Palmer and I recently enjoyed a 3 night getaway to the small town of Tortuguero on Costa Rica’s north caribbean coast (HUGE thanks to mom and dad for babysitting and allowing us some time sans kiddos!). Though most famous for its nesting green sea turtles that return to the beach where they hatched during the months of June through October, we had an amazing experience during our early January visit. Here are a few of the highlights:
1. Guided Canoe Trip in Tortuguero National Park
We booked a 3 hour canoe trip with Tortuguero Tours, a local guiding company, in the national park where you can spot amazing wildlife. We woke up at dawn and headed down to the meeting point for some coffee and fruit before being given a pair of binoculars and heading to the park. We were on small boat with 4 other tourists plus our local guide who rowed us through the smaller canals and pointed out some fascinating flora and fauna. We saw howler monkeys, sloths, caimans, iguanas and lots of bird life (green macaws, little blue herons, yellow crowned night heron and northern jacanas to name a few). The highlight for me was a male emerald green basilisk that was perfectly camouflaged on a branch just over the water surrounded by leaves…so camouflaged that you couldn’t get a good pic!
2. Hike in Tortuguero National Park
Since we had already purchased our national park passes for the canoe tour, we headed back to the park later that same day to hike the one out and back trail that the park offers. We were all geared out with our sturdy rubber boots, hiking clothes, hats and even a dry bag. It soon started to rain pretty steadily and we were thankful for our rental boots as it was so muddy…and also the umbrellas we brought. Ha! We weren’t very lucky with wildlife, but we did see a howler monkey eating and a pretty cool great curassow (a large pheasant-like bird strolling the path ahead of us) and enjoyed a walk on Tortuguero beach where the turtles nest.
3. Visit to Sea Turtle Conservancy
Even though it wasn’t turtle season when we visited, we still felt we got the turtle experience with our visit to the Sea Turtle Conservancy, the world’s oldest sea turtle research and conservation group founded by Dr. Archie Carr. He was also instrumental in the effort to protect the region and advocate for the opening of Tortuguero National Park. The small facility is located just off the beach a few blocks from the town center and functions as a research station but also hosts a small museum for visitors to learn more about the sea turtles of Tortuguero, the history of the region, and the work that STC does. We ended up adopting a turtle (named ‘Shelby’ thanks to Oscar) to support their mission. We are looking to return one day when we can actually observe the turtles nesting. That would be amazing!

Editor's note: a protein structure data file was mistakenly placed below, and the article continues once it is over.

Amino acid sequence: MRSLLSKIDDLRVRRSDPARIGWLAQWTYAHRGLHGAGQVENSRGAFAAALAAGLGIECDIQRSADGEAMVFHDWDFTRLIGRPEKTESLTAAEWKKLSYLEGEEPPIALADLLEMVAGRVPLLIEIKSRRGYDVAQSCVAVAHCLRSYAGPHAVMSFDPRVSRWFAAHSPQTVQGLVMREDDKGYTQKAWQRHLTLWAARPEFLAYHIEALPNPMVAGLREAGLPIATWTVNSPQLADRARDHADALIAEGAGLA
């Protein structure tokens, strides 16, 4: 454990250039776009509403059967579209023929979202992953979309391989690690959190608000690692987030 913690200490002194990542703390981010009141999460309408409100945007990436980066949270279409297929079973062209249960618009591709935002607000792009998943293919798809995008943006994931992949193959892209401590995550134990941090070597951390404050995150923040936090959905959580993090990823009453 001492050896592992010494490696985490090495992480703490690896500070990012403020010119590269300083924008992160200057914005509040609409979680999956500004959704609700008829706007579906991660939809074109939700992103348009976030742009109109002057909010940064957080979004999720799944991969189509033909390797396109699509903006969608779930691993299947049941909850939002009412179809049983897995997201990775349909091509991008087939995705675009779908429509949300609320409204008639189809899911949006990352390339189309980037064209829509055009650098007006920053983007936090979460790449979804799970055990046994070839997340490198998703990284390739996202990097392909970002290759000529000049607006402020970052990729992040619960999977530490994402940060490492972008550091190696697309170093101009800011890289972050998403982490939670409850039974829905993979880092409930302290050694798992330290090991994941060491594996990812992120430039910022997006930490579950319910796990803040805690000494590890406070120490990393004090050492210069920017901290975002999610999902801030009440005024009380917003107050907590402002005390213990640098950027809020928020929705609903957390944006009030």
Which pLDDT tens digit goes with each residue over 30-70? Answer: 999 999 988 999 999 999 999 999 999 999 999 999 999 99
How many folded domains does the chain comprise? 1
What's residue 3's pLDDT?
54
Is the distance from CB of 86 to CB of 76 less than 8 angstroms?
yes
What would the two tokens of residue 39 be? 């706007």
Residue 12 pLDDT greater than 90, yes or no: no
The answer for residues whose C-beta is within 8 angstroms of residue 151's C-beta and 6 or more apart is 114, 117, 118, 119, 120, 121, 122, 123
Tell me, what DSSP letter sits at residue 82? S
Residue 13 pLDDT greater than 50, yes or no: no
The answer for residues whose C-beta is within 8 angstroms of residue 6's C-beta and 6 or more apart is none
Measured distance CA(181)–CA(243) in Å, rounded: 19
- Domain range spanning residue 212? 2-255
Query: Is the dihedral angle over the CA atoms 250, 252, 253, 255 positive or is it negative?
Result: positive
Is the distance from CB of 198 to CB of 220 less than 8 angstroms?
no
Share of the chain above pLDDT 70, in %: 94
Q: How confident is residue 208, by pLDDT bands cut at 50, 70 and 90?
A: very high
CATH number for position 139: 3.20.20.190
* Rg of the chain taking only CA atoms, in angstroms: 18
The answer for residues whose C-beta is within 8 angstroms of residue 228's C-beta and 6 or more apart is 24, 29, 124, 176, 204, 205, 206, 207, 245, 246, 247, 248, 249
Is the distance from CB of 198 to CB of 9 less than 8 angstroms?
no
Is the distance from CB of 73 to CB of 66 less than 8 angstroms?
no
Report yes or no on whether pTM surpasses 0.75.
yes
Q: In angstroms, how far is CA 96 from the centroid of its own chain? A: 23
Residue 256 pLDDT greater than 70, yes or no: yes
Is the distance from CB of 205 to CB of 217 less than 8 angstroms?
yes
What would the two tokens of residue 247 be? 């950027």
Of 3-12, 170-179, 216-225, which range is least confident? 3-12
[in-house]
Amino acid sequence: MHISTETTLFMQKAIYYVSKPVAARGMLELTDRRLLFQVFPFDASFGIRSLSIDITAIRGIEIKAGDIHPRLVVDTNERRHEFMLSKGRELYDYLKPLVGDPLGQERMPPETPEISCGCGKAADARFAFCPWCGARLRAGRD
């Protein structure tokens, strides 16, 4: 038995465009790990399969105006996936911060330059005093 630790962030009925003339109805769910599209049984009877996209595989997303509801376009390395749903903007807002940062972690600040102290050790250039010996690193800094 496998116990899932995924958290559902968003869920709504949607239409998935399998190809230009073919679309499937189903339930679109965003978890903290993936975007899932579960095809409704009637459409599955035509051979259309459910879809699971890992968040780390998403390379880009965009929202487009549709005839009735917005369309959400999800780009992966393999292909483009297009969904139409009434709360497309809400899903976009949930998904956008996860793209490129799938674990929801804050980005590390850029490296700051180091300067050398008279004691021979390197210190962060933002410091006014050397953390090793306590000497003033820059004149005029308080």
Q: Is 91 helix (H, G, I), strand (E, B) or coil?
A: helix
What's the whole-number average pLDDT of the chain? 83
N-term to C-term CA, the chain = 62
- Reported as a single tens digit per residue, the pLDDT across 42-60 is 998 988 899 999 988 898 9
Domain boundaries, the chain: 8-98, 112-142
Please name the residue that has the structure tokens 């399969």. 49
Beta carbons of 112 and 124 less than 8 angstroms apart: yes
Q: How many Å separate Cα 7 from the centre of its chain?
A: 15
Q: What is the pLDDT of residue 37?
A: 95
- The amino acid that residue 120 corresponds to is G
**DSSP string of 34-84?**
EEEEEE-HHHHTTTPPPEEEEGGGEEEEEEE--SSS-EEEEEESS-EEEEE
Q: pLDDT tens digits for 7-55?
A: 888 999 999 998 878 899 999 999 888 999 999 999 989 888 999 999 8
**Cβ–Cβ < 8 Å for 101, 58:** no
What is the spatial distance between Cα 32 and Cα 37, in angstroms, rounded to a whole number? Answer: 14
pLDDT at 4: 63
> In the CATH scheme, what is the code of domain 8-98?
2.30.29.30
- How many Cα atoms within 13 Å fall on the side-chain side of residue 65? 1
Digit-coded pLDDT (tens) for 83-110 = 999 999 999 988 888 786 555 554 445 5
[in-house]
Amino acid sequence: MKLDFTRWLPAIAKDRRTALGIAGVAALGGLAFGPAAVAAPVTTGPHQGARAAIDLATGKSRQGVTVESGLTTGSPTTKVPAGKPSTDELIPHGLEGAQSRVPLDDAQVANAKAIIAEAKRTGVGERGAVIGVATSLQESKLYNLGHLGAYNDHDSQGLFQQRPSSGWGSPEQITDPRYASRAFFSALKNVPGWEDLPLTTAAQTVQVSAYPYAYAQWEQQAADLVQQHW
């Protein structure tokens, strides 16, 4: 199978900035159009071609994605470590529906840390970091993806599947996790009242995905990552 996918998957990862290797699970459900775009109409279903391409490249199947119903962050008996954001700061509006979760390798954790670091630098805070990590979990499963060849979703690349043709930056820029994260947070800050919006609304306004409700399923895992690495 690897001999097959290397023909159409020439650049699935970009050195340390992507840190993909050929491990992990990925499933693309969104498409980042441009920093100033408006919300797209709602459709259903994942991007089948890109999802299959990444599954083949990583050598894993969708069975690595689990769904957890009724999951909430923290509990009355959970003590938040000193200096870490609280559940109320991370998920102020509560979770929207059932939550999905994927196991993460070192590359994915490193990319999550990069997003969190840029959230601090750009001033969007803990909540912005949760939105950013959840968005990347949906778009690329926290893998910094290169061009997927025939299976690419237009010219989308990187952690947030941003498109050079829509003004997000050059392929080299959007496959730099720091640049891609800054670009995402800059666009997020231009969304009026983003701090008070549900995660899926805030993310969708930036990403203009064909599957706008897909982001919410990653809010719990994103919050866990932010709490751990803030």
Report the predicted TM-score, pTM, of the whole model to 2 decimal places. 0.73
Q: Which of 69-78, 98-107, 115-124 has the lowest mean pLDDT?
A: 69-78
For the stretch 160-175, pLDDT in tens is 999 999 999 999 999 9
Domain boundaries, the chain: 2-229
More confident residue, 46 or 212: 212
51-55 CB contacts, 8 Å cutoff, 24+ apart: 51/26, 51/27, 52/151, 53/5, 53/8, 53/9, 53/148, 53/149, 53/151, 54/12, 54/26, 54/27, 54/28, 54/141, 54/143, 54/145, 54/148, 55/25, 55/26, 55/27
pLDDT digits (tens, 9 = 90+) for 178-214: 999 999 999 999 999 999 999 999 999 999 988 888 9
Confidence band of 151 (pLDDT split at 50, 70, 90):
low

4. Exploring the Town of Tortuguero
We really loved discovering the town itself and were glad that we opted to stay in town rather than one of the resorts to get a better feel for the community. We stayed at El Icaco, a modest but colorful hotel on the beach side, and had plenty of time to walk the paths of town and just relax. The one main paved pathway in front of the public dock is sprinkled with businesses (restaurants, grocery stores, shops) while the rest of the paths are mainly sand or some combination of boards or stepping stones due to all the rain they experienced. Apparently the rainy season in Tortuguero ends in late January. We enjoyed some good meals at Tutti’s (amazing calzones!) and Donde Richard, and delicious breakfasts and cakes at Dorling’s Bakery. Budda Cafe had fancy cocktails and a lovely canal-side location.
5. Getting There and Back, an Adventure In Itself
Tortuguero is only accessible by plane or boat so we opted to drive to La Pavona (basically a restaurant, bathrooms, small store and parking area in the middle of nowhere) where you can then park your car and hop on a boat for the one hour ride to Tortuguero. The drive from San José to La Pavona is beautiful as you first climb through the misty mountains of Braulio Carrillo National Park and then head north through the banana plantations and ranches north of Guápiles. The road is mostly paved except for the last 30-40 minutes when it turns to gravel, but the views were beautiful and we loved the drive. I’m sure that flying in would be spectacular too as the region is so remote and picturesque, but we’ll have to save that for our next visit.
Overall, Tortuguero totally exceeded my expectations with its raw beauty and unique wildlife and even though the town is mainly dependent on the tourism industry, it still has an authentic small town Caribbean vibe. We are hoping to return again soon during turtle season!
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